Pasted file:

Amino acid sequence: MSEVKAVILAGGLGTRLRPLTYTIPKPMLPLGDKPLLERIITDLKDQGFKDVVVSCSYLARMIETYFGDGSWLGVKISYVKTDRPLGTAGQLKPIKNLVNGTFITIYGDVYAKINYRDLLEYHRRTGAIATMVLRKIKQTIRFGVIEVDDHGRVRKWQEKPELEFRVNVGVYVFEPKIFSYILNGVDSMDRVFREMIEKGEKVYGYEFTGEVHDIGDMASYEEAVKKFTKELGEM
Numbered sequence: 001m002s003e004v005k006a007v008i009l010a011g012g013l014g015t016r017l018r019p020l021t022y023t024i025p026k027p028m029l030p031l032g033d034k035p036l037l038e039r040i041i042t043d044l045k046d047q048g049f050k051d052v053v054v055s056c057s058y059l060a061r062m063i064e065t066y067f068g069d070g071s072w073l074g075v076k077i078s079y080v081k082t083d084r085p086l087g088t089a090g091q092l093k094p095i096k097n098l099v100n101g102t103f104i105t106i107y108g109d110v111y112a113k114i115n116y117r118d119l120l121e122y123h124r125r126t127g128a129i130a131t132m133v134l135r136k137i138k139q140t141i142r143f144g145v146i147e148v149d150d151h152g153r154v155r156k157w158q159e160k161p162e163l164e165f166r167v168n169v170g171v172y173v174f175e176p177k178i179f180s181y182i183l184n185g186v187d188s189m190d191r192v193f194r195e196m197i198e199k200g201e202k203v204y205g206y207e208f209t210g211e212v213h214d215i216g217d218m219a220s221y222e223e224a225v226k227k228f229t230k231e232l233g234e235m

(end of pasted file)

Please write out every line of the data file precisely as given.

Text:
Amino acid sequence: MSEVKAVILAGGLGTRLRPLTYTIPKPMLPLGDKPLLERIITDLKDQGFKDVVVSCSYLARMIETYFGDGSWLGVKISYVKTDRPLGTAGQLKPIKNLVNGTFITIYGDVYAKINYRDLLEYHRRTGAIATMVLRKIKQTIRFGVIEVDDHGRVRKWQEKPELEFRVNVGVYVFEPKIFSYILNGVDSMDRVFREMIEKGEKVYGYEFTGEVHDIGDMASYEEAVKKFTKELGEM
Numbered sequence: 001m002s003e004v005k006a007v008i009l010a011g012g013l014g015t016r017l018r019p020l021t022y023t024i025p026k027p028m029l030p031l032g033d034k035p036l037l038e039r040i041i042t043d044l045k046d047q048g049f050k051d052v053v054v055s056c057s058y059l060a061r062m063i064e065t066y067f068g069d070g071s072w073l074g075v076k077i078s079y080v081k082t083d084r085p086l087g088t089a090g091q092l093k094p095i096k097n098l099v100n101g102t103f104i105t106i107y108g109d110v111y112a113k114i115n116y117r118d119l120l121e122y123h124r125r126t127g128a129i130a131t132m133v134l135r136k137i138k139q140t141i142r143f144g145v146i147e148v149d150d151h152g153r154v155r156k157w158q159e160k161p162e163l164e165f166r167v168n169v170g171v172y173v174f175e176p177k178i179f180s181y182i183l184n185g186v187d188s189m190d191r192v193f194r195e196m197i198e199k200g201e202k203v204y205g206y207e208f209t210g211e212v213h214d215i216g217d218m219a220s221y222e223e224a225v226k227k228f229t230k231e232l233g234e235m